, Volume 4, Issue 1, pp 14-19
Date: 22 Sep 2007

Arthrofibrosis of the Knee After Tibial Spine Fracture in Children: A Report of Two Complicated Cases

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Tibial spine fracture is an uncommon injury in children and adolescents [1]. According to Meyer’s classification [2], nondisplaced or minimally displaced type I and type II fractures can be treated by external splint or long leg cast in extension [14]. Displaced type III or type IV (displaced and comminuted) fractures often require closed or open reduction with either arthrotomy or arthroscopic-assisted methods using sutures or hardware [1, 3, 57]. In literature, the reported complications of tibial spine fractures include anterior knee instability, extension loss, quadriceps weakness, and chondromalacia [3, 8]. Although arthroscopic treatment has the advantages of early mobilization and reduced hospital stay, there have been reports of suboptimal clinical results, which include loss of knee extension or instability [6, 8].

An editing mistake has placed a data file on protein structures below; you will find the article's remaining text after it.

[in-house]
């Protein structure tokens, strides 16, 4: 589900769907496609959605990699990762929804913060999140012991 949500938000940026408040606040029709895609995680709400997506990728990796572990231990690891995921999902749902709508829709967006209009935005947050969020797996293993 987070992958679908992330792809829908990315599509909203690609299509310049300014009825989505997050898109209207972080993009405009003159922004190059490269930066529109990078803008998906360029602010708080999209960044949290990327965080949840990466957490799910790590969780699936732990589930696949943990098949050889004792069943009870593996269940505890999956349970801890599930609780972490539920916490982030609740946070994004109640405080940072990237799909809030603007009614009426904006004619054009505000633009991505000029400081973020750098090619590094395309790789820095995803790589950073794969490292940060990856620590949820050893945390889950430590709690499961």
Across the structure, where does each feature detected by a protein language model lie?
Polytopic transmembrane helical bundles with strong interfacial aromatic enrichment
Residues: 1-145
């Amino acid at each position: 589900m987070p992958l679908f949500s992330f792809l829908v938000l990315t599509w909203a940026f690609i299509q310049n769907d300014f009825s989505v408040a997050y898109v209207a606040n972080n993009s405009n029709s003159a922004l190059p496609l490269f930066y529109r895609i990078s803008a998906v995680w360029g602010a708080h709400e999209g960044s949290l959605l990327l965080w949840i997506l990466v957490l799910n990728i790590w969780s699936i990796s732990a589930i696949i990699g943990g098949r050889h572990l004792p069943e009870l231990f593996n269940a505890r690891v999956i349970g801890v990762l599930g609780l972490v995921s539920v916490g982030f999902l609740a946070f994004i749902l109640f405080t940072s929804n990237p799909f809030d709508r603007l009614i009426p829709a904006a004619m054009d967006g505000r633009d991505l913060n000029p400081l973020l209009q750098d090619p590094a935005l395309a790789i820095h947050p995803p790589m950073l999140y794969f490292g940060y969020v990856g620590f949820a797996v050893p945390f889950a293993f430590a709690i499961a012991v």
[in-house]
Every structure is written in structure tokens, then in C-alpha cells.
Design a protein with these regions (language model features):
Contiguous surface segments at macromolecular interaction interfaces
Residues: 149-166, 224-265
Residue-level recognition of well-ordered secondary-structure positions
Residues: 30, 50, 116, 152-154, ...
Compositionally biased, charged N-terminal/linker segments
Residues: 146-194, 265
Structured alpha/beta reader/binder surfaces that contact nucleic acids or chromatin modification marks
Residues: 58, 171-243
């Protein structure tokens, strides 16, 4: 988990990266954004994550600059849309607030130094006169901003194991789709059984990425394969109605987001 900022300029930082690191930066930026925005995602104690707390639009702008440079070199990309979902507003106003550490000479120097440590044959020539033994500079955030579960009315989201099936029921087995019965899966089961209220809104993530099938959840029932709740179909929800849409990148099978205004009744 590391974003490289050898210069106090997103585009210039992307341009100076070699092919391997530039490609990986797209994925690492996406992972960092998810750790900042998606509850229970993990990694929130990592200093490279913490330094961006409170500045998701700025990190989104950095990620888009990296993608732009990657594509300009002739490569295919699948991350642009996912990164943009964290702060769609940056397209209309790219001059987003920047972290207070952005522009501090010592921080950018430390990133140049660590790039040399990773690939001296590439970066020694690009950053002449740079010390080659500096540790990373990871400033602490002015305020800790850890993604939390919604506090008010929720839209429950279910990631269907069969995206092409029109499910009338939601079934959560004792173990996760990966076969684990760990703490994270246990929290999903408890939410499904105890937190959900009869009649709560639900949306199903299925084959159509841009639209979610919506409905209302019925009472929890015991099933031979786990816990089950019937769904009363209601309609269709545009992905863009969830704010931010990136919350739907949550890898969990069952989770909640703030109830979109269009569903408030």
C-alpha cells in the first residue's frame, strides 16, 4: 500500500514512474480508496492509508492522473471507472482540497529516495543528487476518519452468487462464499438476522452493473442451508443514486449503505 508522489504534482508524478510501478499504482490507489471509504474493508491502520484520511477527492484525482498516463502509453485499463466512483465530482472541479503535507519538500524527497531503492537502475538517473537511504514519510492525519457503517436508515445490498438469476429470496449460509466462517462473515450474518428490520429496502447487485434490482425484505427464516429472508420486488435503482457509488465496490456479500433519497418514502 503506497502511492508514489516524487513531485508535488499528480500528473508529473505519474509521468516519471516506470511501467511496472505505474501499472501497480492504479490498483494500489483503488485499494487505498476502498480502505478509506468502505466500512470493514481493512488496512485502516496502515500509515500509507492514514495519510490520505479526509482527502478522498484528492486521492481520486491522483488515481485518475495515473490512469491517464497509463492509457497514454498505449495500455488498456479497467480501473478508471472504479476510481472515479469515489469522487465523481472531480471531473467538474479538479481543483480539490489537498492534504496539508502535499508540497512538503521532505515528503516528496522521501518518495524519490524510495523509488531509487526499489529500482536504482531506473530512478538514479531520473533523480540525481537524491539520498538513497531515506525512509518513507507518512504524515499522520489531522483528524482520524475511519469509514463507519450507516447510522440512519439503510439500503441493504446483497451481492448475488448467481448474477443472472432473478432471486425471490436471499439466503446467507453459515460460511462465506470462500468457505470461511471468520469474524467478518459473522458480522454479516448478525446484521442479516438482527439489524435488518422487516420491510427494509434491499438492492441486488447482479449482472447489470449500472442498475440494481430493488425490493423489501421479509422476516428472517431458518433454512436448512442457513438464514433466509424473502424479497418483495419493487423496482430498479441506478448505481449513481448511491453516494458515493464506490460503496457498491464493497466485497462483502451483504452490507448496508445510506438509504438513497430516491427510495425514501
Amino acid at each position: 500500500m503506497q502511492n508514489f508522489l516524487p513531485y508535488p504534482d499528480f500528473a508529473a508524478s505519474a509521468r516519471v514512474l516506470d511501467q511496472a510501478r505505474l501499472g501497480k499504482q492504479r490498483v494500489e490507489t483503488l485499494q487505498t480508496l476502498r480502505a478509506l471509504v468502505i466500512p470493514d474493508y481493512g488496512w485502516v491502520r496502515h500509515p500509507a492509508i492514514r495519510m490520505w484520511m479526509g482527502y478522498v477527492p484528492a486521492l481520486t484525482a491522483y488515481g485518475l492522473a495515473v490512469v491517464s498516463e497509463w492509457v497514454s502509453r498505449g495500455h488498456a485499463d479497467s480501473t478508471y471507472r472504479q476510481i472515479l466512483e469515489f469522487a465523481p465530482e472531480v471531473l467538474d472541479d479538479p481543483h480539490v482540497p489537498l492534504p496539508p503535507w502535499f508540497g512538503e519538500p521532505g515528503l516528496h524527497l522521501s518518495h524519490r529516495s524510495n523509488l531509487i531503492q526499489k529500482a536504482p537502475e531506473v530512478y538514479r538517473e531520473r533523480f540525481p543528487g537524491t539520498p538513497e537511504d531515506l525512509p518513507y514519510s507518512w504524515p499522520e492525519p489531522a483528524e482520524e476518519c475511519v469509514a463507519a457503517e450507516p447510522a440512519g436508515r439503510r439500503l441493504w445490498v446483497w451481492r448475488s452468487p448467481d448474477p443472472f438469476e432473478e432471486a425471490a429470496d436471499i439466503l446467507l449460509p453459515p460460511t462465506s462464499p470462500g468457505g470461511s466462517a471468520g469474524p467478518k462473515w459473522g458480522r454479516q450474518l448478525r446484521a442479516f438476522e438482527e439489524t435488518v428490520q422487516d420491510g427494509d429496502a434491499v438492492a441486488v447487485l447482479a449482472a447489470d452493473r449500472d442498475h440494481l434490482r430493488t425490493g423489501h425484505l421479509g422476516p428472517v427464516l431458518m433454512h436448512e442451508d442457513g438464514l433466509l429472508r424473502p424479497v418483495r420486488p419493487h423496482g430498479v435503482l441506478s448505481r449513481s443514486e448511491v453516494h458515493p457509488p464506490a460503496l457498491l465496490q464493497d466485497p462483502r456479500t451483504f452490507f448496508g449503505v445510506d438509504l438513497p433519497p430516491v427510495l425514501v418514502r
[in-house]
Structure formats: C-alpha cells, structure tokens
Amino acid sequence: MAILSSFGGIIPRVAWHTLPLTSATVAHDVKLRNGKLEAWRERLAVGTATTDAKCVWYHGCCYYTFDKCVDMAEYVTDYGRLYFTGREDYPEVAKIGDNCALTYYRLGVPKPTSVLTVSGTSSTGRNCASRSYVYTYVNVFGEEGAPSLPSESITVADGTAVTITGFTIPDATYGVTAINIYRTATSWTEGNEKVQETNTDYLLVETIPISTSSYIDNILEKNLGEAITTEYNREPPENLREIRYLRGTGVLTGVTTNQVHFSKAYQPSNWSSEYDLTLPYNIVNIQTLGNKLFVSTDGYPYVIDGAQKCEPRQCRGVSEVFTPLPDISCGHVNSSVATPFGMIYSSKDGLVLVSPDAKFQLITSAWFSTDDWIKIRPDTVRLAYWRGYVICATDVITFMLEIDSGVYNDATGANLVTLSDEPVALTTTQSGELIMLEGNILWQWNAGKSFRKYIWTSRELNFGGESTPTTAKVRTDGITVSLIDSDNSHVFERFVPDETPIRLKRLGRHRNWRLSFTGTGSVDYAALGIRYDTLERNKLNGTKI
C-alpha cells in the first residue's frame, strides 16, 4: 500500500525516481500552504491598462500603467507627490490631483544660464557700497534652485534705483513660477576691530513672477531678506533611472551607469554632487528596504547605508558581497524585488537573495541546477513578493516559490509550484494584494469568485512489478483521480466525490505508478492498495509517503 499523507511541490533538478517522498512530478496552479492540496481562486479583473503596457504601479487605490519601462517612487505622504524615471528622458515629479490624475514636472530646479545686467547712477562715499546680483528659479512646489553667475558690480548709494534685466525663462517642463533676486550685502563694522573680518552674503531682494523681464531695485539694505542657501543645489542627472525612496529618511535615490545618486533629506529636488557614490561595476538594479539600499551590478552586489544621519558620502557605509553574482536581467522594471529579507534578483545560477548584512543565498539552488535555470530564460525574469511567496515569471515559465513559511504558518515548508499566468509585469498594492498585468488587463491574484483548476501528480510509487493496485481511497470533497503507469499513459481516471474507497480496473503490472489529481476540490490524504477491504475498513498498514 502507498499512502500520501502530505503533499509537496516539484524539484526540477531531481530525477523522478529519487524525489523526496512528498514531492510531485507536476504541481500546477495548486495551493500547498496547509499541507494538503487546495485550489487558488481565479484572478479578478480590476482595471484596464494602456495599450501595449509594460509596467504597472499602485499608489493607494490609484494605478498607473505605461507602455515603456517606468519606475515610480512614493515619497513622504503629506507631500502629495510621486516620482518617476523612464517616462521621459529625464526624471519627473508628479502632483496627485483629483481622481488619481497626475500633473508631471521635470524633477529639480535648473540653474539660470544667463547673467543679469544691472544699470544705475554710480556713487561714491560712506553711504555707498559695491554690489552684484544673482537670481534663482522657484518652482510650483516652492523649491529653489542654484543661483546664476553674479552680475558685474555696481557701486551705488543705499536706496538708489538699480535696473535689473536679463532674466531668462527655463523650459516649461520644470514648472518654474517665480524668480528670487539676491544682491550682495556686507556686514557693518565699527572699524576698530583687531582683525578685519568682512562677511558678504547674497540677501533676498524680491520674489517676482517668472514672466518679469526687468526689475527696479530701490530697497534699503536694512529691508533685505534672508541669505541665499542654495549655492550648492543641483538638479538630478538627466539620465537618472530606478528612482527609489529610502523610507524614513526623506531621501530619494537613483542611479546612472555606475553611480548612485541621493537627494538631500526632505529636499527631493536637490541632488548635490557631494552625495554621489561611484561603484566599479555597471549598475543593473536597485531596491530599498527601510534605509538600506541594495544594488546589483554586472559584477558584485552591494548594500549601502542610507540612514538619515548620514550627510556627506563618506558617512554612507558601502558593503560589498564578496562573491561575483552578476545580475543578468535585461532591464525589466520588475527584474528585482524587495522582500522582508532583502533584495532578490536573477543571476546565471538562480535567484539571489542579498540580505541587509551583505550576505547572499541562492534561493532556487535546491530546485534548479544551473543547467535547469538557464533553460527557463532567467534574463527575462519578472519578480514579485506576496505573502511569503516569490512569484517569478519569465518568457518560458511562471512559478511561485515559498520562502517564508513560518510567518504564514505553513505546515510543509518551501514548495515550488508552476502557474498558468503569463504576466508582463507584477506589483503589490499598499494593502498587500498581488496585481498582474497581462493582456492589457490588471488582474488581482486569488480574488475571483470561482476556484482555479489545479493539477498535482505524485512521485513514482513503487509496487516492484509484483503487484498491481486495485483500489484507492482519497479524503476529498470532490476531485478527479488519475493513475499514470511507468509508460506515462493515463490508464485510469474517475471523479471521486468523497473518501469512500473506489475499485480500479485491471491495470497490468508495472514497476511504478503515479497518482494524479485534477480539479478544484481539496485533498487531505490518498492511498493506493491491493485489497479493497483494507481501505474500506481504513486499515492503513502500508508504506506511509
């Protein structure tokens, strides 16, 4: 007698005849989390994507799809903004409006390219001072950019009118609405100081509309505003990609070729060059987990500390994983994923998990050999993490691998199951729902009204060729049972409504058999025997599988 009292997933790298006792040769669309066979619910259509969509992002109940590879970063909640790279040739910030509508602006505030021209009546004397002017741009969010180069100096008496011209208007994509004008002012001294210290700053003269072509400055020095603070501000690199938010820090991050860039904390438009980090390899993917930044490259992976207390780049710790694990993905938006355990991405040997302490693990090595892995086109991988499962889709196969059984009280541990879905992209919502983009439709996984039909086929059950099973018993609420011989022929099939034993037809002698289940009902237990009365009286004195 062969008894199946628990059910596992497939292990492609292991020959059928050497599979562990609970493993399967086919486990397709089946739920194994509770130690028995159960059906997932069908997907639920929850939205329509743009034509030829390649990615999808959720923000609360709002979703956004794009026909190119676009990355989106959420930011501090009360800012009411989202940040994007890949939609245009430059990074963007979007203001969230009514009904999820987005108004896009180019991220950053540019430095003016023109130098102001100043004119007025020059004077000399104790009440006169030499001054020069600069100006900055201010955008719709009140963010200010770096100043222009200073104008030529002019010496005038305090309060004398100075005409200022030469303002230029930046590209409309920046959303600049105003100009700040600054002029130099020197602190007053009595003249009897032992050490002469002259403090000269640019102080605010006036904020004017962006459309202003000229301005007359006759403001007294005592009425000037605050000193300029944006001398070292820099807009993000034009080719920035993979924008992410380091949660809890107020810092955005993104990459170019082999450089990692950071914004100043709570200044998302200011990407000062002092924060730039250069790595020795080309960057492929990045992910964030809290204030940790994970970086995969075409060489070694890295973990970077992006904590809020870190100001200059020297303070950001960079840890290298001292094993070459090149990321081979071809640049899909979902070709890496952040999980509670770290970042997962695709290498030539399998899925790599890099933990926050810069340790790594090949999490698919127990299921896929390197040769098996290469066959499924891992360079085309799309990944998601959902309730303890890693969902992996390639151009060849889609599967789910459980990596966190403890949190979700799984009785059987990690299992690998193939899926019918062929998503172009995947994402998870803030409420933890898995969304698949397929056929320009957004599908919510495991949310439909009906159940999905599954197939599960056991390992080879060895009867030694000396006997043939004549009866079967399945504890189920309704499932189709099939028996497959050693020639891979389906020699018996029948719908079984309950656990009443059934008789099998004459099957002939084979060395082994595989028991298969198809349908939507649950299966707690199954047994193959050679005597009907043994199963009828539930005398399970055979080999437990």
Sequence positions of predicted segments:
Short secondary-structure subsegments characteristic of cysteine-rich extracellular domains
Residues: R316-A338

This is a report of two children with type III tibial spine fracture treated by open reduction in one and arthroscopic reduction in another. Postoperat ...